SIGNAL        -38.4dBmV  -22.4dBmV  +0.6dBmV   -5.4dBmV
              -87.2dBm   -71.2dBm  -48.2dBm   -54.2dBm

NOISE                    -41.4dBmV -18.4dBmV  -24.4dBmV
                         -90.2dBm  -67.2dBm   -73.2dBm

SNR = 24.4 - 5.4 = 19 dB
I then added a combiner and the second CM7777HD. I do have two modulators, but not enough attenuators to feed a weak signal to the second 7777HD. This shows the affect of the noise from the second CM7777HD on the SNR of the CH 20 signal:

Code:
SNR of CM7777HD #1 combined with CM7777HD #2

Modulator > atten > CM7777HD >
 CH 20      70dB    #1, 16dB  \
                             combiner > RCA Amp > atten > SLM
                              /          23dB      6dB     
                    CM7777HD >                             |
                    #2, 16dB              SIGNAL        -9.5dBmV 
                                                       -58.3dBm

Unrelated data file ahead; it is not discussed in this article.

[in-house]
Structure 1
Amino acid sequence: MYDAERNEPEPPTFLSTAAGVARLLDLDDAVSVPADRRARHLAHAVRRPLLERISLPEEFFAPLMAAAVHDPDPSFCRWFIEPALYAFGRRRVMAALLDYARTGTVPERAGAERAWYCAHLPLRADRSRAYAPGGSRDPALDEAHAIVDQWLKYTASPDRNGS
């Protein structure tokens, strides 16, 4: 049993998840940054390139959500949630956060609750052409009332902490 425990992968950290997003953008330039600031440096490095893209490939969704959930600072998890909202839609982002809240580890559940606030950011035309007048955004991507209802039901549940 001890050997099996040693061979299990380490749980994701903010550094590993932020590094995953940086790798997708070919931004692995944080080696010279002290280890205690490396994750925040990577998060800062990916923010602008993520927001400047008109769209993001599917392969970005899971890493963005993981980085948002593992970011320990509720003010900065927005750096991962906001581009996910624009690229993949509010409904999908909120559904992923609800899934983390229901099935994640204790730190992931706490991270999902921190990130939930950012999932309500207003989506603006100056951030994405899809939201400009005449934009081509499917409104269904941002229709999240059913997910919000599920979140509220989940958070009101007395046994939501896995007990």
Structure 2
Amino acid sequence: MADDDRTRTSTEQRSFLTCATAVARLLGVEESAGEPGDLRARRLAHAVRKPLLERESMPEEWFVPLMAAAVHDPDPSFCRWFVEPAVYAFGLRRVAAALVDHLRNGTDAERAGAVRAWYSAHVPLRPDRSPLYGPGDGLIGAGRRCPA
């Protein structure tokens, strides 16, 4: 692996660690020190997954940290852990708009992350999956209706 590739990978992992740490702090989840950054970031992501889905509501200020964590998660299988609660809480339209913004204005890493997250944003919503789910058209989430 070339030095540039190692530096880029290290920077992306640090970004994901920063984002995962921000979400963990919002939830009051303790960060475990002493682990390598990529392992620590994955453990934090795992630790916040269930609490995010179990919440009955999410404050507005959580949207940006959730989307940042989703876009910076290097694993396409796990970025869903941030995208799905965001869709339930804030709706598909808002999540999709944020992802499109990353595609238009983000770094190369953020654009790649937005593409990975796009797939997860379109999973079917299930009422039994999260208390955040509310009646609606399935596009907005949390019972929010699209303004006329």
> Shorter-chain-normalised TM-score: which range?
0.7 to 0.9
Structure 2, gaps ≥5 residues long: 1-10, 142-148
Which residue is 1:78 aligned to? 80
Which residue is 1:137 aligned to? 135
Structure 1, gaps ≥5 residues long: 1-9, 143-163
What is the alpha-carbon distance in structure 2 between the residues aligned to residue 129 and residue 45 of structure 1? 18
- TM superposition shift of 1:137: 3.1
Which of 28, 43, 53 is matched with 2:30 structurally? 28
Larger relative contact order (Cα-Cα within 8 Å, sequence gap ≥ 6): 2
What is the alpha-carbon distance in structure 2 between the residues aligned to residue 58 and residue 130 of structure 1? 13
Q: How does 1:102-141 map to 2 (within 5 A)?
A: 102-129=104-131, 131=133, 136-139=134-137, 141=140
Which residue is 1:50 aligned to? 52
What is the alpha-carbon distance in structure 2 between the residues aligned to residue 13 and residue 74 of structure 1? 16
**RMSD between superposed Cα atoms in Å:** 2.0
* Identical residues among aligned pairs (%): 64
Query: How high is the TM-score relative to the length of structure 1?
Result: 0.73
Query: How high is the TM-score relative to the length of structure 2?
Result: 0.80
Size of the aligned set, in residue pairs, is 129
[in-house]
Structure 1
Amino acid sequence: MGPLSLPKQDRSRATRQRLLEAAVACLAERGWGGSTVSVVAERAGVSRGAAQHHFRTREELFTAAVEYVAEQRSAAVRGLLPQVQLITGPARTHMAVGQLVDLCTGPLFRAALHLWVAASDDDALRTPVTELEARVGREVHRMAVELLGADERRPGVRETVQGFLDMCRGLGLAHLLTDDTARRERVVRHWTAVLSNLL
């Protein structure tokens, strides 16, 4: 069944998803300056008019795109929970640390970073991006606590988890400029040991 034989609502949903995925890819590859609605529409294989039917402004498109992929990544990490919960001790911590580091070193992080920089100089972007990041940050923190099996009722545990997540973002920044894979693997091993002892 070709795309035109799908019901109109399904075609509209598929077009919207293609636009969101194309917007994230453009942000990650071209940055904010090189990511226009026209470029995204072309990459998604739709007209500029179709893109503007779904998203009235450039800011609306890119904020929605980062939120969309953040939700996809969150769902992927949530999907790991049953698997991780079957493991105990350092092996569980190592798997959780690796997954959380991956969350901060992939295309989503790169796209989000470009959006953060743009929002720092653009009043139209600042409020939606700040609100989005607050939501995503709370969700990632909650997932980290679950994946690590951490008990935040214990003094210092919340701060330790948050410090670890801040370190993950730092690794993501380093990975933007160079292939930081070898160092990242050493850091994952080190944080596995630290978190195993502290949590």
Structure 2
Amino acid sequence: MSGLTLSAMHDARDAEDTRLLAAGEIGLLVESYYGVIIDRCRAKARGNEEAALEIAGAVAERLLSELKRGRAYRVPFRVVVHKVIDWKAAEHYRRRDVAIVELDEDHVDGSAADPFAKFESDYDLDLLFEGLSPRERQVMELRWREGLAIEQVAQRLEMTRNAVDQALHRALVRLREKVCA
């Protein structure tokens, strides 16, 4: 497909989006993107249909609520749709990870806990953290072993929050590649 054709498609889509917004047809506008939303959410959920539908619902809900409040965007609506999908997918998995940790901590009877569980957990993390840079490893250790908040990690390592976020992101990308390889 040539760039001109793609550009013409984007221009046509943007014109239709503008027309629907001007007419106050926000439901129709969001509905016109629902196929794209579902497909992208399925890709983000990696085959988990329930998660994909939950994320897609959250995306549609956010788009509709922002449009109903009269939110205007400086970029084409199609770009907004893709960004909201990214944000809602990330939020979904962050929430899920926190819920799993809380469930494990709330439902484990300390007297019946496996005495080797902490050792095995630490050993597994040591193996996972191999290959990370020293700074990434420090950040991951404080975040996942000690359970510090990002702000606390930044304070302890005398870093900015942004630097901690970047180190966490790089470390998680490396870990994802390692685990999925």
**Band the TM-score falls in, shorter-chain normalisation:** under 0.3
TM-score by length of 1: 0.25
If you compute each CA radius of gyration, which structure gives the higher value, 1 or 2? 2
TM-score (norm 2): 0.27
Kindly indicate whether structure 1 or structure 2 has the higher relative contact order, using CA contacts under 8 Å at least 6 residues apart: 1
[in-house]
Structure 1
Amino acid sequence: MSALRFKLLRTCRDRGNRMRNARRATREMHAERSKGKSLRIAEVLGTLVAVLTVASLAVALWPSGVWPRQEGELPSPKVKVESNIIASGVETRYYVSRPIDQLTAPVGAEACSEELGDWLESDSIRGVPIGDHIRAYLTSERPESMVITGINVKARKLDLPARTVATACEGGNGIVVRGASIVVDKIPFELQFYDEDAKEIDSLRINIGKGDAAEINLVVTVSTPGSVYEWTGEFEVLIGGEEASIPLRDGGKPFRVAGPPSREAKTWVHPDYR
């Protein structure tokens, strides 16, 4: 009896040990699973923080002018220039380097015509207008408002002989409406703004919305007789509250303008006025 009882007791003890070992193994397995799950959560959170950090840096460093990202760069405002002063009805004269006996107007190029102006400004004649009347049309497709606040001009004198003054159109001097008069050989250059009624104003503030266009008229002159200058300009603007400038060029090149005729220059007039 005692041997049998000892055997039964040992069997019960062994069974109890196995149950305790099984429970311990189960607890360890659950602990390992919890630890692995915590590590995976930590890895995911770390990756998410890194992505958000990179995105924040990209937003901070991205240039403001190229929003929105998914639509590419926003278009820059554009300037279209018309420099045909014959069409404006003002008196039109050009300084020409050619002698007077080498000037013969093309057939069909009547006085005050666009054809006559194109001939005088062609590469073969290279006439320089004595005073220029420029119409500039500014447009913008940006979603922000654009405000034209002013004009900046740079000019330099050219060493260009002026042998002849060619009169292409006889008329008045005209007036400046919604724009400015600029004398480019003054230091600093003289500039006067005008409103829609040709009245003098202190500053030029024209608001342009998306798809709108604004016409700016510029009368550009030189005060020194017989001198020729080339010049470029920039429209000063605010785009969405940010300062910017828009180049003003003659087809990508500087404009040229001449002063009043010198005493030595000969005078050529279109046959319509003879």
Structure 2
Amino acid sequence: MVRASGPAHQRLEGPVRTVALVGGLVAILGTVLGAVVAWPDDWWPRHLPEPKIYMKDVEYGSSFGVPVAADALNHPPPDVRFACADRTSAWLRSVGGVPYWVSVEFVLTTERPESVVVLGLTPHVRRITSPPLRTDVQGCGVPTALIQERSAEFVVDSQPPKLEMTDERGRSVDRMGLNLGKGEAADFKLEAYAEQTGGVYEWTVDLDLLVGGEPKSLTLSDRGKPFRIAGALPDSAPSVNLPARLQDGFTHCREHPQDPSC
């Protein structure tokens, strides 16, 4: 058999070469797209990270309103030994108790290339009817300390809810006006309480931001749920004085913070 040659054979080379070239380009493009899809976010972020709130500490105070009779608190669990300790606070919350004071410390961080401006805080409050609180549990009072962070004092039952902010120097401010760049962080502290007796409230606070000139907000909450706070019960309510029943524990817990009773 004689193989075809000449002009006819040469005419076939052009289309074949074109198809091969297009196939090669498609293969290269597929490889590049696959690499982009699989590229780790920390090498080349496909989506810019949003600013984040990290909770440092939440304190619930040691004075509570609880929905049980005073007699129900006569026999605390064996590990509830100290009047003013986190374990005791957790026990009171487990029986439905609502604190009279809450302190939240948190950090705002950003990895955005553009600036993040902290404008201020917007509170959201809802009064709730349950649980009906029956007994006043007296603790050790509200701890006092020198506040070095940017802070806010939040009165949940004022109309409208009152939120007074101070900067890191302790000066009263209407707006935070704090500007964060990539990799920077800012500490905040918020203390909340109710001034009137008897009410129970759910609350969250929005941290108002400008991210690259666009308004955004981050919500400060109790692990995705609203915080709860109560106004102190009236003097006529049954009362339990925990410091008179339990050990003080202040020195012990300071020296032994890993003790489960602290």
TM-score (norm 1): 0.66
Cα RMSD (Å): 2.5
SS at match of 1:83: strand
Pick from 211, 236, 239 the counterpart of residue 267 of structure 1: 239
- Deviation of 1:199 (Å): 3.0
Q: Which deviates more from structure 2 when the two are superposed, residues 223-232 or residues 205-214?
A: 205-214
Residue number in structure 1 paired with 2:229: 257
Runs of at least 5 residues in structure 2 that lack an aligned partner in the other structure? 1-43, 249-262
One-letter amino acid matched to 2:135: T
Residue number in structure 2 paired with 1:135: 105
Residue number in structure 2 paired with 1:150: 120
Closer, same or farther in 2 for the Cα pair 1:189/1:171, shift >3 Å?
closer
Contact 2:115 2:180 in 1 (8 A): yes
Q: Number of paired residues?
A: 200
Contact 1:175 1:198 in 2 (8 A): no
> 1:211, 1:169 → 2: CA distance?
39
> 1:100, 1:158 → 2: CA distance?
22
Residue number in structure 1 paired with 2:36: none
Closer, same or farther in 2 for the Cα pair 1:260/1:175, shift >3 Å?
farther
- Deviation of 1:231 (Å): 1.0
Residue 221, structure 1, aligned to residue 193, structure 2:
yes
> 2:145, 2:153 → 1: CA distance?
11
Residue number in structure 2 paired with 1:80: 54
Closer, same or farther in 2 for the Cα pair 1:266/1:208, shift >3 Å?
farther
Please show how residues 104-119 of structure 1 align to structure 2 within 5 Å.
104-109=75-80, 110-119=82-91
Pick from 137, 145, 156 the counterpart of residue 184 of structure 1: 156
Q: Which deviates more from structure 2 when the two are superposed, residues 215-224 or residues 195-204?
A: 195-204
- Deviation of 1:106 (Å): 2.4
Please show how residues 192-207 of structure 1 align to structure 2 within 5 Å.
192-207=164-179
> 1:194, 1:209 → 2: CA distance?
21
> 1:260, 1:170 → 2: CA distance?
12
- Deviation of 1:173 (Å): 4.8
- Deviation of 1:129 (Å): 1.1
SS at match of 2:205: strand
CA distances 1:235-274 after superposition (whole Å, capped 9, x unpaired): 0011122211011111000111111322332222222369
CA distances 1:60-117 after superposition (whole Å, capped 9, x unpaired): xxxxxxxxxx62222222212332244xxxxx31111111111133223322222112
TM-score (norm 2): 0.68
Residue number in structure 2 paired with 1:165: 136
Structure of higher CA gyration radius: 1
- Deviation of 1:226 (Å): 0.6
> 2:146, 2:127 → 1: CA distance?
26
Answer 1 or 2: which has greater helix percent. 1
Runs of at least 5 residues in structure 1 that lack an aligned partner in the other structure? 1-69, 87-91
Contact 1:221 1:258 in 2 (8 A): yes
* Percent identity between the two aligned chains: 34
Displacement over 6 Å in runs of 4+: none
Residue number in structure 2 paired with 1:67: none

NOISE        -26.8dBmV
                                                       -75.6dBm 

SNR = 26.8 - 9.5 = 17.3 dB

Loss of sensitivity from combining = 19.0 - 17.3 = 1.7 dB
CONCLUSION:

My equipment isn't lab grade, but I have enough confidence in my measurements to conclude that combining the output of two preamps with a splitter in reverse causes a loss of sensitivity that can have a critical negative affect on marginal signals near the digital cliff.
Attached Images
File Type: jpg DisplayMaxImg1.jpg (92.7 KB, 81 views)
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Last edited by rabbit73; 13-Aug-2017 at 11:04 PM.